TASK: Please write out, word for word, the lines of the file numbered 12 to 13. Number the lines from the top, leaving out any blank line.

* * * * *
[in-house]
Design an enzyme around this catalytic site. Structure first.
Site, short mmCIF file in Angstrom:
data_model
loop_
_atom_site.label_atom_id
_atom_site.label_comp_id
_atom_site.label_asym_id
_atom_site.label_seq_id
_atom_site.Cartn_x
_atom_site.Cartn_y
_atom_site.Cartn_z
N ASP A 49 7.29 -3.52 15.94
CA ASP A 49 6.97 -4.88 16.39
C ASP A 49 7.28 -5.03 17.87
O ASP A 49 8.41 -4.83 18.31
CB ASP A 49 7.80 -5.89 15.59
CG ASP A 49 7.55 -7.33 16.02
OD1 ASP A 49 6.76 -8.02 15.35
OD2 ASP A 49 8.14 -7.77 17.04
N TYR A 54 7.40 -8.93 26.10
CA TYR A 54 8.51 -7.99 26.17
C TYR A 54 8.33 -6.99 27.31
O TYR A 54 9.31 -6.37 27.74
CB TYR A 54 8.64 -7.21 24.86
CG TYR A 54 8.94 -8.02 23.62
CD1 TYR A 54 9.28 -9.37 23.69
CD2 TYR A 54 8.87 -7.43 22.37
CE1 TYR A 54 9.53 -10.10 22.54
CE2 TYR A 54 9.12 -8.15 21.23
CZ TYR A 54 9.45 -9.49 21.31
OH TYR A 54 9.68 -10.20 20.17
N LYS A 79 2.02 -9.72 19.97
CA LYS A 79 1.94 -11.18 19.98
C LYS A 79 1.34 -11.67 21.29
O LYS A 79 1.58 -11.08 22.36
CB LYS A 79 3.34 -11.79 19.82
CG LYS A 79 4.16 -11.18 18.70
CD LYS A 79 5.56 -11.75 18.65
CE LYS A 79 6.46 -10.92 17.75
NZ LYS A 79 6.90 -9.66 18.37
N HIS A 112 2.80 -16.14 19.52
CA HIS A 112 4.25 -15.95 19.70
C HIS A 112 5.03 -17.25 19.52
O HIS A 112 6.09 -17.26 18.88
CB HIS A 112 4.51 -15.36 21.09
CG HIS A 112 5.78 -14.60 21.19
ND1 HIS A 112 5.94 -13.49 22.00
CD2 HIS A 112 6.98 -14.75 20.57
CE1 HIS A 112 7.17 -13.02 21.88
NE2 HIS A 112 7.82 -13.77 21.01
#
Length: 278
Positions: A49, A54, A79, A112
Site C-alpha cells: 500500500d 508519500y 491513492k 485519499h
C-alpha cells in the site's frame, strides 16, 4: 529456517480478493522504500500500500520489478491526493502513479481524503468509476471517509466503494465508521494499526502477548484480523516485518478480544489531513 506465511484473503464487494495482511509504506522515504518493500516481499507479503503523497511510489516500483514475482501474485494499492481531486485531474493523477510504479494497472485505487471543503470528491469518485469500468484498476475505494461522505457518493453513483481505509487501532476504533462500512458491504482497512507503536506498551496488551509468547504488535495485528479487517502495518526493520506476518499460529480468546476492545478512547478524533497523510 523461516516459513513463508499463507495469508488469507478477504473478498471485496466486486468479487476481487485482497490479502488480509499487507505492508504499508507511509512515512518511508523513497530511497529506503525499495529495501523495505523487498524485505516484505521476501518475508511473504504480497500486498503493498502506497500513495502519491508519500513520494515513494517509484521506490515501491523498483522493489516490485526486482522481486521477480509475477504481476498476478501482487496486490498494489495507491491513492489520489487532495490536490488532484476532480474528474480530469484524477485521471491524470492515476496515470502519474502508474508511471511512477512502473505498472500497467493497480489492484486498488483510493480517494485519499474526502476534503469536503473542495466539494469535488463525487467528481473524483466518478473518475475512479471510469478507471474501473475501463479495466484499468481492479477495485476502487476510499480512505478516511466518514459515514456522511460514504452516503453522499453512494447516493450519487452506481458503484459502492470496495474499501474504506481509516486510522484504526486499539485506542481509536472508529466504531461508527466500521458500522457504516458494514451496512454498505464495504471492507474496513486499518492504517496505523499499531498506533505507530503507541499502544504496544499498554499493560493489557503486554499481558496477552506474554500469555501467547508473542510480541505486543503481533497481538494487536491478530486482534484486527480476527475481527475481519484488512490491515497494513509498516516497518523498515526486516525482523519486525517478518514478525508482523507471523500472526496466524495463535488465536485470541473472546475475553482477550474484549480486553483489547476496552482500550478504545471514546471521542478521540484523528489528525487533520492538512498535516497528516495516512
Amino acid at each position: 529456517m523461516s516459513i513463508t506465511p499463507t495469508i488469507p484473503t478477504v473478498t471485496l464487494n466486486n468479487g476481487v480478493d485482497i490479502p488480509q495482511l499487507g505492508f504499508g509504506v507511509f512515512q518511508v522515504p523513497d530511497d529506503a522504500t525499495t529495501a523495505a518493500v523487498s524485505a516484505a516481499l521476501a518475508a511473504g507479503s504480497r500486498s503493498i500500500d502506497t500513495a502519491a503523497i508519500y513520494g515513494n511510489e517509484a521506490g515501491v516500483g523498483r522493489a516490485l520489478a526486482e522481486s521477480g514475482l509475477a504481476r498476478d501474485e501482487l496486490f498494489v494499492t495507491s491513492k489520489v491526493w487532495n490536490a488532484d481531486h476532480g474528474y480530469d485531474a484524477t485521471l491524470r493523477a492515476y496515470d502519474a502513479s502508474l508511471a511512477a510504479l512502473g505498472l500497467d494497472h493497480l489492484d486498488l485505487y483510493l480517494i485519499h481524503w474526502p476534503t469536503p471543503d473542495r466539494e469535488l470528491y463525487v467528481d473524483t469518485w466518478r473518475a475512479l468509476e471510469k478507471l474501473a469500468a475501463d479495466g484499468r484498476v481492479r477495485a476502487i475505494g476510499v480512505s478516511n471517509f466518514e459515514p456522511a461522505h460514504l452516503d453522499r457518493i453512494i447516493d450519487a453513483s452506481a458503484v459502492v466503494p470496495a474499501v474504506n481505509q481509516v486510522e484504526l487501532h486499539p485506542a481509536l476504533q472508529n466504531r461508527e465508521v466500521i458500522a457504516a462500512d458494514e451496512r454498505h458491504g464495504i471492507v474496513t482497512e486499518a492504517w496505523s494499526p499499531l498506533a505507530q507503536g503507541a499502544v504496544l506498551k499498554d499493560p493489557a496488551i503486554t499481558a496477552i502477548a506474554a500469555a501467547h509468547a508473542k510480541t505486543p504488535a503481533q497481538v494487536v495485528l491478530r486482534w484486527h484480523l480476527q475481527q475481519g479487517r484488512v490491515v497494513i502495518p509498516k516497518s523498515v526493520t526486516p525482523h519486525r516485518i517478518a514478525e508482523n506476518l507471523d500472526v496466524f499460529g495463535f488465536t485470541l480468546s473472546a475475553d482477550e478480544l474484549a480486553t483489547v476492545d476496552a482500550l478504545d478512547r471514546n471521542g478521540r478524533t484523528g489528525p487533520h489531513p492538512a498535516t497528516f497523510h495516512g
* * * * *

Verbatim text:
_atom_site.Cartn_z
N ASP A 49 7.29 -3.52 15.94